A new outreach program coined “DIY Prosthetics” introduces Long Island K-12 students to the basics of engineering design. More than 50 pre-college students of diverse backgrounds (gender, ethnicity and socioeconomic class) have participated in the program and crafted their own cardboard prosthetic hand using only simple household items. The project’s goal was to provide supplementary education to children ages middle school to high school and to inspire the next generation of STEM workers.
“The University Community Relations Office is proud to bring the campus and grade schools together for exploring career paths and learning new concepts,” said Joan Dickinson, assistant vice president of community relations. “The DIY Prosthetics project is a great example of SBU’s engagement and commitment to serving Long Island.”
Developed together by Stony Brook’s Dr. M. Ete Chan and Michael Ly ’22, the program aims to foster community relations between the Department of Biomedical Engineering (BME) and local Long Island organizations through a cross-collaborative approach. So far, the “DIY Prosthetics” series was held four times during the months of June and July across three instructional modes: virtual, hybrid and in-person.
The program was made possible with the support and collaboration of the Long Island Explorium, North Babylon High School, Stony Brook iCreate, Biomedical Engineering Society (BMES), Alpha Eta Mu Beta (AEMB) and Long Island Latino Teachers Association (LILTA) program, which is managed in partnership with the University Community Relations Office.
“This event introduced the summer-campers to basic concepts in biomedical engineering and they ran a mini project right from research to creative execution,” said iCreate summer staff member Aakanksha Kirtane.
During the program, students are taught the fundamentals of iterative design and learn about various prosthetic devices through notable references and representations in pop culture, such as Luke Skywalker’s prosthetic hand from Star Wars. Students also gained insight into how musculoskeletal tissue acts to move the body and how model components like cardboard, drinking straws, and string together attempts to replicate this functionality.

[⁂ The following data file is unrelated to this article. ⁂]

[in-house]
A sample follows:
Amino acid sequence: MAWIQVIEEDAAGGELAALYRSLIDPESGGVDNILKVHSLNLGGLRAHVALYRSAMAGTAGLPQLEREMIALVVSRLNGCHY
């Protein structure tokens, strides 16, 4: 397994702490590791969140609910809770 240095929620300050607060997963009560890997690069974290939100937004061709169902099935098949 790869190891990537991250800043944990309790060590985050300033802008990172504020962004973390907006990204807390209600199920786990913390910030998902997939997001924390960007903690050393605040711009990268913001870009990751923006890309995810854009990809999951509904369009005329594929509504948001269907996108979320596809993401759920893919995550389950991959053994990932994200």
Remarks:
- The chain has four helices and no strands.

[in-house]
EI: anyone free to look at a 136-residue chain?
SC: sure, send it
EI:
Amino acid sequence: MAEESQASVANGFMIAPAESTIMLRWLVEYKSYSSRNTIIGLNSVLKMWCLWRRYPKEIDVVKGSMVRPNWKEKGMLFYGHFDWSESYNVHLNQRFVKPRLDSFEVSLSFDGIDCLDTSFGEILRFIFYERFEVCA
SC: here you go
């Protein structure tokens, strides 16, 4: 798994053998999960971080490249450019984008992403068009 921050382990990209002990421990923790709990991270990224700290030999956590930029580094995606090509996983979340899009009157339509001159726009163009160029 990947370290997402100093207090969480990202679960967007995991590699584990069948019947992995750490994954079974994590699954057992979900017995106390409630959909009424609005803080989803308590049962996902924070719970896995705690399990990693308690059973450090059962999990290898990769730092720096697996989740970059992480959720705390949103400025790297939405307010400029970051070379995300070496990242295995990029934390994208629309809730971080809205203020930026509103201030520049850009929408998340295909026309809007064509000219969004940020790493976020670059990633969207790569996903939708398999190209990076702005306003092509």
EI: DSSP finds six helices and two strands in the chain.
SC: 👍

“I was delighted to be a part of the ‘DIY Prosthetics’ project,” said Susan Campbell, educator, Long Island Explorium. “The project allowed educators from the Long Island Explorium to work with SBU professors and students. I believe that programs like the ‘DIY Prosthetics’ project will help to inspire and create future engineers. The students from North Babylon High School were able to work in a competitive but comfortable environment which allowed them to explore new ideas and techniques. They were able to design and build a simple prosthetic hand while university students were available to assist when needed.”
Each event offers students an adapted look into the BME field based on their age group and the employed teaching method. For instance, older students gain more in-depth coverage in research and the iterative process while younger students are taught the core essentials of innovative design. In addition, events held virtually culminate in a group slide presentation whereas hybrid and in-person events involve some interactive games using the DIY prosthetics to make hand gestures.
“The program was informative and detailed. The students thought it was fun and loved the idea of making a difference in someone’s life,” said David Ecker, director of iCreate.
“Partnerships and collaborations expand opportunities and open doors for scholars. By Joan Dickinson connecting our LILTA summer scholars with the SBU Department of Biomedical Engineering, our students were afforded a meaningful STEM activity to better understand the concept of prosthetics,” said Dafny Irizarry, president of the Long Island Latinos Teachers Association. “Having to create a prosthetic hand, helped our students live and better relate to STEM concepts rather than just reading about it. Regardless of the career path students choose, STEM activities like ‘DIY Prosthetics’ help students develop skills such as problem solving, critical thinking, creativity, curiosity, decision making and many more skills in preparing them to be innovative far beyond. Mil gracias SBU!”
The “DIY Prosthetics” series provides an exciting opportunity for pre-college students to learn about engineering over the summer months. The outreach program plans to continue promoting early interest in STEM education throughout the next future years. As an extension of this program, Michael Ly and Dr. M. Ete Chan are creating 3D-printed prosthetics in collaboration with Viraj Jayam from Helping Hands Long Island using resources from Enabling the Future. Any interested volunteers and organizations may take part by contacting firstname.lastname@example.org and email@example.com.